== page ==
JpGU-AGU Joint Meeting 2020

Presentation information

[E] Poster

S (Solid Earth Sciences ) » S-CG Complex & General

[S-CG64] Crust-mantle connections

convener:Yoshihiko Tamura(Research Institute for Marine Geodynamics, Japan Agency for Maine-Earth Science and Technology), Osamu Ishizuka(Geological Survey of Japan, AIST)

[SCG64-P04] The origin of fertile plagioclase lherzolite in the Upper Zone of the Horoman peridotite complex

★Invited Papers

*Yumeto KOGURE1, Eiichi TAKAZAWA1,2 (1.Department of Geology, Faculty of Science, Niigata University, 2.VERC, IMG, JAMSTEC)

Keywords:Horoman Peridotite, mantle, mafic layer, orogenic lherzolite, Hidaka Metamorphic Belt

The Horoman periodite complex is a 2,800m thick orogenic lherzolite complex inter-layered along the Hidaka Main Thrust. Although much research has been done on the Horoman complex, the origin of the layered structure is still being discussed. The Upper Zone structurally occupies the upper 800-meter-thick section and has recorded a thermal history about max 200°C higher than the Lower Zone [1]. In the Horoman peridotite complex, small amounts of mafic layers of a centimeter to a meter thick are often found in peridotites. Relatively thick mafic layers (tens of centimeters to a meter) are thought to have formed as cumulates that crystallized from melts at various depths (i.e., garnet- or plagioclase-stability field) [2] [3]. On the other hand, the plagioclase lherzolite is often accompanied by a thin mafic layer of a few centimeters. Malaviarachchi et al. (2010) [4] concluded that the thin mafic layers alternated with thin peridotites in the Horoman river have been formed from a Pacific-type MORB melt of about 300 Ma. Investigating the origin of the other thin mafic layers is important in studying the layered structure of the Horoman complex. Therefore, we selected a continuous section in the Upper Zone (Fumo section) for this study and examined variations of whole rock major and trace element compositions along lithological sequences.

The Fumo section has a thickness of 263m, which is about one third of the thickness of the Upper Zone and consists of plagioclase lherzolite (51%) and harzburgite (49%) with minor amount of mafic rocks. The lower 190 meters are dominated by plagioclase lherzolite and locally form banding with harzburgites of several centimeters to several meters thick. The upper 73 meters consist of 70 m thick single harzburgite layer and become plagioclase lherzolite at the top. In the Fumo section, 1 to 3 centimeters-thick mafic layer appears locally concentrated in plagioclase lherzolite. Amphibole is included in the mafic layer and its surrounding plagioclase lherzolite, but not in plagioclase lherzolite and harzburgite far from the mafic layers. In many cases, plagioclase and spinel form fine-grained granular seams, whereas in the neighbor of the mafic layer, lenticular shaped plagioclase-rich pools with a thickness of several centimeters are also observed.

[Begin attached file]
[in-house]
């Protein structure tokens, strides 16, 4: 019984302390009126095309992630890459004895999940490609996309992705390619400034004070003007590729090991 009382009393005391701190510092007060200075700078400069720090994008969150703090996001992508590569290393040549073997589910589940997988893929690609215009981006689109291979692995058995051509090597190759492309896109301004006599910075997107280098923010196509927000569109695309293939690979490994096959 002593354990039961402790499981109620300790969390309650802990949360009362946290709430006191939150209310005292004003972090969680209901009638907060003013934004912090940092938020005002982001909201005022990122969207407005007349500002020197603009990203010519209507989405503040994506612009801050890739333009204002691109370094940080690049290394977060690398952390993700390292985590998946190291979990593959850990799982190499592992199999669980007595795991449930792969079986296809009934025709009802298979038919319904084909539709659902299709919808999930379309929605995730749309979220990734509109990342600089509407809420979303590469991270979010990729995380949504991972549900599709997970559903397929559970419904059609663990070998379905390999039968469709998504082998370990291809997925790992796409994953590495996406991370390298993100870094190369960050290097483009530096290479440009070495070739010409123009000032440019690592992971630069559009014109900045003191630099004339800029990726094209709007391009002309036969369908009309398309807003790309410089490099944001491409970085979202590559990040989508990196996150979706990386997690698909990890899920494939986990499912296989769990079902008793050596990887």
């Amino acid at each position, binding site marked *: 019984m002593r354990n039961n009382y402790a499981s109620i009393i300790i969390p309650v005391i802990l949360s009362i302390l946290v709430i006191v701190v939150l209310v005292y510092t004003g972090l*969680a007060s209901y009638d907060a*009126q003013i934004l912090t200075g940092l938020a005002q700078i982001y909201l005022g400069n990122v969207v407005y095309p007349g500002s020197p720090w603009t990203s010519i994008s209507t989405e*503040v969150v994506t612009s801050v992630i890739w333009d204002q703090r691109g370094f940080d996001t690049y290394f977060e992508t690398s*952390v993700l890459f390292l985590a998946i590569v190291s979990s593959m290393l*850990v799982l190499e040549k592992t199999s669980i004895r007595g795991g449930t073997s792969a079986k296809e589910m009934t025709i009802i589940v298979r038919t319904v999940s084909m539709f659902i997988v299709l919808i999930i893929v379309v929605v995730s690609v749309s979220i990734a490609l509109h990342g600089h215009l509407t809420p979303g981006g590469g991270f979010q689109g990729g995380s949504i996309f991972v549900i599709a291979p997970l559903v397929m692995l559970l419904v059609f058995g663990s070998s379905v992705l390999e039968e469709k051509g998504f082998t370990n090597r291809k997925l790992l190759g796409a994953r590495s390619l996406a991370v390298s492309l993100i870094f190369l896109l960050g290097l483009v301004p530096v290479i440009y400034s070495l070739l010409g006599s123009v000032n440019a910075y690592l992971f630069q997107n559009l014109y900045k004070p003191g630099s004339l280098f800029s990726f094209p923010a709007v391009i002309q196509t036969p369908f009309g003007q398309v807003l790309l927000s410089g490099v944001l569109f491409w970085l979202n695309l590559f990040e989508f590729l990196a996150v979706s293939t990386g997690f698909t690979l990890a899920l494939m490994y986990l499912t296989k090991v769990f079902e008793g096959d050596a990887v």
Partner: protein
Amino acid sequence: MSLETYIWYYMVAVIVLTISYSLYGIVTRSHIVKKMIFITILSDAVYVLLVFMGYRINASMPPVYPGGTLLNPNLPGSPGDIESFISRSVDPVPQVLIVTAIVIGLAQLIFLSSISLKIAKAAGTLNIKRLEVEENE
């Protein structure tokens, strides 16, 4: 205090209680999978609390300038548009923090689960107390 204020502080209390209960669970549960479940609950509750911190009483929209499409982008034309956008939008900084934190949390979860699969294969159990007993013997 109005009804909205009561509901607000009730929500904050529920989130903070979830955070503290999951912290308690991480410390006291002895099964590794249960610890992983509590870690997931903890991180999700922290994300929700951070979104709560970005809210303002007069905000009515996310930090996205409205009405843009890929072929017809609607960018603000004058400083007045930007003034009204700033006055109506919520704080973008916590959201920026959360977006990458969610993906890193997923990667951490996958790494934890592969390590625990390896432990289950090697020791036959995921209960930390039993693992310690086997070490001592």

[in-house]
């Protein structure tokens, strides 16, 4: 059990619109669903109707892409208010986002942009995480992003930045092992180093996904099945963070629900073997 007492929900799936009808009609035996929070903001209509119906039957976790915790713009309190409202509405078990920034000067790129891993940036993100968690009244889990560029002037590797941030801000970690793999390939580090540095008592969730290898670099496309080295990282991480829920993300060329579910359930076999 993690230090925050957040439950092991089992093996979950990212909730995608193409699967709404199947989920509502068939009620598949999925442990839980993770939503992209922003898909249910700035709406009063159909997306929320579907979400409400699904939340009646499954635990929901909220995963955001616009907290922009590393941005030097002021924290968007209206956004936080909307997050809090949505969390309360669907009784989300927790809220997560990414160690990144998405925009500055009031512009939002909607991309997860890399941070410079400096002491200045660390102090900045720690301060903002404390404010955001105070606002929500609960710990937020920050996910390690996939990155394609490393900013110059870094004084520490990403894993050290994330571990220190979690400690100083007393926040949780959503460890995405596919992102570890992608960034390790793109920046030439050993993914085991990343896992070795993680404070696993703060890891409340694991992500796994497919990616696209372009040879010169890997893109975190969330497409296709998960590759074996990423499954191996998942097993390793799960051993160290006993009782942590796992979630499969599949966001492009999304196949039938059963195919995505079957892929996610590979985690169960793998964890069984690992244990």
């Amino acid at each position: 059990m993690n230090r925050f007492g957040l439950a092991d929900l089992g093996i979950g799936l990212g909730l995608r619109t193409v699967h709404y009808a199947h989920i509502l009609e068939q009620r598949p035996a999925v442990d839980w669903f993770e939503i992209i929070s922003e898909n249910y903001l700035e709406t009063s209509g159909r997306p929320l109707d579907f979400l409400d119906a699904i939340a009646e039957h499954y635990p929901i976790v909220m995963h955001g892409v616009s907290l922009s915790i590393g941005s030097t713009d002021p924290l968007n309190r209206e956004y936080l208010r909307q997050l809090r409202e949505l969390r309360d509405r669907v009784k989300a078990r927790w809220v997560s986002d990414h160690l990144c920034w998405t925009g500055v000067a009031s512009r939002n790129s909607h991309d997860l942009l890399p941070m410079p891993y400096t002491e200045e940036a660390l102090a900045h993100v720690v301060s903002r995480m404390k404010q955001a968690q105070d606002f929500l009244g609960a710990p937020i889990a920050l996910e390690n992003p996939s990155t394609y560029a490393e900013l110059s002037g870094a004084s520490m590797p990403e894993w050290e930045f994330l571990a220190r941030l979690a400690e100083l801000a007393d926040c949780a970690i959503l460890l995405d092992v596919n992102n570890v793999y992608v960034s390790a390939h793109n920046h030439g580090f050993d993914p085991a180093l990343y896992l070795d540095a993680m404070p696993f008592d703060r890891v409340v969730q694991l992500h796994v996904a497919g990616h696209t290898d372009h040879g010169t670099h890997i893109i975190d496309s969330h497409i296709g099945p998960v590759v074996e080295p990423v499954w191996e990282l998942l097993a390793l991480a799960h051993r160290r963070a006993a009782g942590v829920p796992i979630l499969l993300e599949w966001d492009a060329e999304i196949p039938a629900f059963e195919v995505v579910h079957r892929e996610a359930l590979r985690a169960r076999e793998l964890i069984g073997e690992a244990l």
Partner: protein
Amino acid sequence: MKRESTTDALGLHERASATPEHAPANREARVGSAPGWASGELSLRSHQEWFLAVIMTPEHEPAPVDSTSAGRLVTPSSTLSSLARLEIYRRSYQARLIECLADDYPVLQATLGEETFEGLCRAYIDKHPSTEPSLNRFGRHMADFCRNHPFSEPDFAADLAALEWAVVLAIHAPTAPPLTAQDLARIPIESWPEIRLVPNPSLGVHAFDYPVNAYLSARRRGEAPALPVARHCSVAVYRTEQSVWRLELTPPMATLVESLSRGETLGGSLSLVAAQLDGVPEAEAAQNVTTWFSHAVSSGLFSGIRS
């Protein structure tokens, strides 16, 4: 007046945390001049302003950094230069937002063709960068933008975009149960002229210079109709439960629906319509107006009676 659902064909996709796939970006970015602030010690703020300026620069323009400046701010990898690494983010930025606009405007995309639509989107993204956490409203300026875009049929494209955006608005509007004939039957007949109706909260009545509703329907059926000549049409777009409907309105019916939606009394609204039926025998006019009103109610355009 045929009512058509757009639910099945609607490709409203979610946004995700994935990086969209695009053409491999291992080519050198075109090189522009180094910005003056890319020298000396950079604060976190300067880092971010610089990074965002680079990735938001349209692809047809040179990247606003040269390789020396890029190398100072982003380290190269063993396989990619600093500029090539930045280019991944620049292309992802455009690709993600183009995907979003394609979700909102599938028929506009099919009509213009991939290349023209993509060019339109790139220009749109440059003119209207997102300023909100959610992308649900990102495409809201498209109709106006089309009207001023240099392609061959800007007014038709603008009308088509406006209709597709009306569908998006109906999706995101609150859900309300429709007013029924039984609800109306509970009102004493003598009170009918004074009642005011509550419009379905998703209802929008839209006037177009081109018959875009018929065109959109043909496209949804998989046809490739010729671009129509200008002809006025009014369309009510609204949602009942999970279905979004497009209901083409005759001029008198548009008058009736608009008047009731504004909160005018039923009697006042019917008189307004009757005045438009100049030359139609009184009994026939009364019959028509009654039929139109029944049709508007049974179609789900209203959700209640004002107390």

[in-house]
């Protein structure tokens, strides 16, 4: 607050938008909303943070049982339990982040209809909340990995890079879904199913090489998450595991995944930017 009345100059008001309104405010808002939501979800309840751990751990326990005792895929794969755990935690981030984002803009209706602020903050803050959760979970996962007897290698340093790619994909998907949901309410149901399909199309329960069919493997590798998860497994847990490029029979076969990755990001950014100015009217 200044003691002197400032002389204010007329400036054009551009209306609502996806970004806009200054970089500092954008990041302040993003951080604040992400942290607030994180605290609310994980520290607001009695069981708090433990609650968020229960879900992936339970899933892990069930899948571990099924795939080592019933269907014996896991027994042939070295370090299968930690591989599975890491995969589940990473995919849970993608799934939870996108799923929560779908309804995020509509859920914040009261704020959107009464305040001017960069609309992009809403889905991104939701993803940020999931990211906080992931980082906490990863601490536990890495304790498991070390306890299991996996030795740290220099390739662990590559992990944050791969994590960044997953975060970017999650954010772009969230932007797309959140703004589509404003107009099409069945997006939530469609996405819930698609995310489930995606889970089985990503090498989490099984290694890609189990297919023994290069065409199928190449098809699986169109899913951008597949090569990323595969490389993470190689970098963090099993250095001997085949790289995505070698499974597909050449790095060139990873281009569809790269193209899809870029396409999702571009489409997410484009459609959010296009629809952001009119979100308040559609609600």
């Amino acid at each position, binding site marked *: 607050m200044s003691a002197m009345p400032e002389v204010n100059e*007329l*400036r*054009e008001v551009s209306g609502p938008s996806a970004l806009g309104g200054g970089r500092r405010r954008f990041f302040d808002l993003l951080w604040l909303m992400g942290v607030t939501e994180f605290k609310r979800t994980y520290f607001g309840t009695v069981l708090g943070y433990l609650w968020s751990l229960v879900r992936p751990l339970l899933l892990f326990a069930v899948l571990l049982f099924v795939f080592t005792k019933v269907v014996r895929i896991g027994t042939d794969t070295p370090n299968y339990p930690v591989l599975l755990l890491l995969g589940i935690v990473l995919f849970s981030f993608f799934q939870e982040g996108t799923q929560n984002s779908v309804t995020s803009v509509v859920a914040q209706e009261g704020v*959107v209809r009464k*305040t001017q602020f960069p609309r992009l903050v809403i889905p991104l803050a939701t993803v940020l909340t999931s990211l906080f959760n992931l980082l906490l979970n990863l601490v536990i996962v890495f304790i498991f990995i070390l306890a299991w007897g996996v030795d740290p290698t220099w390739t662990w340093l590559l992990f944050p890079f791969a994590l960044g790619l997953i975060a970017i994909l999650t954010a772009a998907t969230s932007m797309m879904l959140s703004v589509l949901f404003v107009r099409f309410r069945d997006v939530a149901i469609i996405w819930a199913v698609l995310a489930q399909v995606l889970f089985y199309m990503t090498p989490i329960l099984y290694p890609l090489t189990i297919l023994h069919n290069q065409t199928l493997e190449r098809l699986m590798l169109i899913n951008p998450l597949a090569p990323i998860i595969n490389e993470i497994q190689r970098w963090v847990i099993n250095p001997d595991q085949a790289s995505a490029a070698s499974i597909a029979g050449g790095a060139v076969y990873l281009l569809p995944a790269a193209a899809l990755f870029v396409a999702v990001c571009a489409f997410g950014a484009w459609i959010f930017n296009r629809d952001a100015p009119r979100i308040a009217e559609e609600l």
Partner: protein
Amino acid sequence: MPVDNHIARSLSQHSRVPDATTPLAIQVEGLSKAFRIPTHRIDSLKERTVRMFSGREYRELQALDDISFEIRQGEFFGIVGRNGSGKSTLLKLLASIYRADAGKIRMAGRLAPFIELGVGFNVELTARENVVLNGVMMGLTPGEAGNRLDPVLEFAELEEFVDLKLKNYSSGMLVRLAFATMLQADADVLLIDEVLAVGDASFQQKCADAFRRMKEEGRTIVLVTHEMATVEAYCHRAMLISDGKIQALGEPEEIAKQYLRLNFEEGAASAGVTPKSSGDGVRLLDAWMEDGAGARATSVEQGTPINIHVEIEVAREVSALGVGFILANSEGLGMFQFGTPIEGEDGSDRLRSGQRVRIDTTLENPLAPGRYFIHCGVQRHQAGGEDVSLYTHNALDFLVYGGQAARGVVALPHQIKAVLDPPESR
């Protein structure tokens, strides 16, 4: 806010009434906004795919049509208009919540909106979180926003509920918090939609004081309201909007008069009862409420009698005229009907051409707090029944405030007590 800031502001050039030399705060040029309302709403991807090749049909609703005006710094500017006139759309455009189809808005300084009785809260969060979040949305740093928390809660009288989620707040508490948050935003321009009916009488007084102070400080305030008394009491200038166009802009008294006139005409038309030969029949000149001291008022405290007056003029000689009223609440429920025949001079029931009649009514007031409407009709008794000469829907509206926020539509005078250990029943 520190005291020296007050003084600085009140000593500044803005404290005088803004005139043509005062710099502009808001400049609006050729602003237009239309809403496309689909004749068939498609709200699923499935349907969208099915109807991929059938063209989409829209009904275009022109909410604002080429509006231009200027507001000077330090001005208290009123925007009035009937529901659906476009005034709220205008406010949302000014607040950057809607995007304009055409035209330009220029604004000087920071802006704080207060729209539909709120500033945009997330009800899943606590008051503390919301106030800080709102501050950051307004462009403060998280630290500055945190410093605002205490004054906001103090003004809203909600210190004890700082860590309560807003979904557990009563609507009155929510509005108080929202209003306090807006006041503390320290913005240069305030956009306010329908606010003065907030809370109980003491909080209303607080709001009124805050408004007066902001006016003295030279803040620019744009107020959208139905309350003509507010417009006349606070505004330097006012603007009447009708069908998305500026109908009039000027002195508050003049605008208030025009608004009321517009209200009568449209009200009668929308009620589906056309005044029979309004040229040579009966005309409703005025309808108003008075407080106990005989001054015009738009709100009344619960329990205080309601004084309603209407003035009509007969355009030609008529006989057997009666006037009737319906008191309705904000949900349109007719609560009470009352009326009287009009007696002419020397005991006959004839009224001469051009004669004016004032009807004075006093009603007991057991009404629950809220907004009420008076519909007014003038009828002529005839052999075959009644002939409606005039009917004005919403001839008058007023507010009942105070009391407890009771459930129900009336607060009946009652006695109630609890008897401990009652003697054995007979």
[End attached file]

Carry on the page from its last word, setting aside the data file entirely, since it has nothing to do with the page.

The plagioclase lherzolite and harzburgite show a linear trend in the whole rock major elements vs. MgO diagrams, and the mafic layer is plotted on this extension, suggesting the possibility of mixing two end members. Among the plagioclase lherzolites, those with lower MgO and enrichments in melt components such as Al, Ca, Na than DMM [5] are distributed near the mafic layer in the Fumo section. Thus, the melt infiltrated to peridotite to form both mafic layer and fertile plagioclase lherzolite. The presence of amphiboles only in the mafic layer and its surrounding plagioclase lherzolite suggests that the melt forming the mafic layer may have been a hydrous melt.

On the other hand, plagioclase lherzolites, which are located far from the mafic layer in the Fumo section, have composition similar to DMM or more depleted in melt components. They may have the original composition of peridotite before the intrusion of mafic layer-forming melt. The plagioclase lherzolites near the boundary with harzburgite is depleted in melt components relative to other plagioclace lherzolites, and their composition is comparable to that of the lower zone lherzolite. Since the Upper Zone has a higher temperature history than the Lower Zone, it indicates that the subsolidus reaction in which spinel, Opx and Cpx become plagioclase and olivine was promoted in the Upper Zone even with the same composition. This suggests that there were two different origins of plagioclase in the Upper Zone.

[1]Ozawa, 2004, J. Petrol., 45, 253-273.
[2] Shiotani and Niida, 1997, Memoir. Geol. Soc. Japan., 47, 123–137.
[3] Takazawa et al., 1999, J. Petrol., 40, 1827-1851.
[4] Malaviarachchi et al., 2010, J. Petrol., 51, 1417-1445.
[5] Workman and Hart, 2005, Earth Planet. Sci. Lett., 231, 53-72.